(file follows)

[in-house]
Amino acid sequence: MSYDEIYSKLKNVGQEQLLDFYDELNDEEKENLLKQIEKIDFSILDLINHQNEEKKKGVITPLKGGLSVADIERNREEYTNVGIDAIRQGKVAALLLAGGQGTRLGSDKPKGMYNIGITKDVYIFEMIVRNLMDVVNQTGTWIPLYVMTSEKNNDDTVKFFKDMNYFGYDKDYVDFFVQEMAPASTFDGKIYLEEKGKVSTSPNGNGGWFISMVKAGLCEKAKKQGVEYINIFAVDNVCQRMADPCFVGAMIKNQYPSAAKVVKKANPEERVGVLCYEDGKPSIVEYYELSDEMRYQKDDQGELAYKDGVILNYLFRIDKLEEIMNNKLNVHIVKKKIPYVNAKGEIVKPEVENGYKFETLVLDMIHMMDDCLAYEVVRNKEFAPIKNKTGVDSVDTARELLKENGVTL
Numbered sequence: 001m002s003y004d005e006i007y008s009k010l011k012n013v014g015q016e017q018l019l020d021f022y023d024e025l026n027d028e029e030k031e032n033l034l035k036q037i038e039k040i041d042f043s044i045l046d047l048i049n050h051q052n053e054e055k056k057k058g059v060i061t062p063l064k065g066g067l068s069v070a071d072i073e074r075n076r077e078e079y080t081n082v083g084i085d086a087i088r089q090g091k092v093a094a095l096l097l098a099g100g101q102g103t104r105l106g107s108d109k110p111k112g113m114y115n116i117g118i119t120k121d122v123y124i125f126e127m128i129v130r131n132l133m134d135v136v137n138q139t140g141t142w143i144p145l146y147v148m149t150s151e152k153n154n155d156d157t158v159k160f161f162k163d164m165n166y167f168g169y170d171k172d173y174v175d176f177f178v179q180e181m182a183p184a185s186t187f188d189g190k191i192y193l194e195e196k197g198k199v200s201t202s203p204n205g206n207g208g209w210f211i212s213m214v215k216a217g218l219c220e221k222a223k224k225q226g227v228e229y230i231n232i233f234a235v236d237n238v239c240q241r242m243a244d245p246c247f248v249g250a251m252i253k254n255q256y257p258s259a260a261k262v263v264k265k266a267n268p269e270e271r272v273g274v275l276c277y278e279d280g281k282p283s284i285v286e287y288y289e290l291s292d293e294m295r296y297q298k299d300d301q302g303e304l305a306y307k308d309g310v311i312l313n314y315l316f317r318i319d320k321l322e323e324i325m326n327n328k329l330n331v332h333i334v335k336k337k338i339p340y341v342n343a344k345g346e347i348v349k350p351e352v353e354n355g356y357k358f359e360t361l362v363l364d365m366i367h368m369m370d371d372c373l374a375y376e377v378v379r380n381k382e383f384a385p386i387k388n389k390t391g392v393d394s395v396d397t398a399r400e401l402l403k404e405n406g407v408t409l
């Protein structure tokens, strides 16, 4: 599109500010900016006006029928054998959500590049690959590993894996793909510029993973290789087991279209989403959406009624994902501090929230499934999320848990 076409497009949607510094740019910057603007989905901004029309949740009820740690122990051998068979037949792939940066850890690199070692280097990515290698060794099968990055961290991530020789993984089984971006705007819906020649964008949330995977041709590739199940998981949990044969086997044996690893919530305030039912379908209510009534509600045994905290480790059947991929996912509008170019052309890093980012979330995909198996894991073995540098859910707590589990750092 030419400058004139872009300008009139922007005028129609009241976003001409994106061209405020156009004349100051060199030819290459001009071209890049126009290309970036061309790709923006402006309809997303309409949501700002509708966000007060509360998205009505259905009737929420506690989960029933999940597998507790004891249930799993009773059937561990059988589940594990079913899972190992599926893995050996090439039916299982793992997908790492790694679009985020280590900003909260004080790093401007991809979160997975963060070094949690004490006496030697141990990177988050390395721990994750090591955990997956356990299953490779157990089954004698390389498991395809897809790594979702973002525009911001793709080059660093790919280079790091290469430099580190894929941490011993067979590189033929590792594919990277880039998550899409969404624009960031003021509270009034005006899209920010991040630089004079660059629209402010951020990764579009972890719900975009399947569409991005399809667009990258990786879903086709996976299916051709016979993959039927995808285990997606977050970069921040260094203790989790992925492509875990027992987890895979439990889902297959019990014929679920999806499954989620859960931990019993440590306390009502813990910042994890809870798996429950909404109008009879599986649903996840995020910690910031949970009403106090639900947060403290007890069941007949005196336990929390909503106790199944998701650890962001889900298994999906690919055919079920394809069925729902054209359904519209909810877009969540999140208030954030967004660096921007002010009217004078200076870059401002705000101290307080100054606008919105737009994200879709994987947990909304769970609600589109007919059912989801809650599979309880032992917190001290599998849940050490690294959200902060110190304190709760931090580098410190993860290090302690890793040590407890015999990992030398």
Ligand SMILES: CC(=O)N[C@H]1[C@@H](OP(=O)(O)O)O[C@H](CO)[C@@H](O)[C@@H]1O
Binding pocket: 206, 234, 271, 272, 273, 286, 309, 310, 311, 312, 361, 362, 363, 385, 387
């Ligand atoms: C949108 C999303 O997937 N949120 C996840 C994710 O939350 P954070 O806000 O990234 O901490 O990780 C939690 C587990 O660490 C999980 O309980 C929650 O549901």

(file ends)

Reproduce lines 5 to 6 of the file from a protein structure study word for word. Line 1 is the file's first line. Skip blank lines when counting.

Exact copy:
Ligand SMILES: CC(=O)N[C@H]1[C@@H](OP(=O)(O)O)O[C@H](CO)[C@@H](O)[C@@H]1O
Binding pocket: 206, 234, 271, 272, 273, 286, 309, 310, 311, 312, 361, 362, 363, 385, 387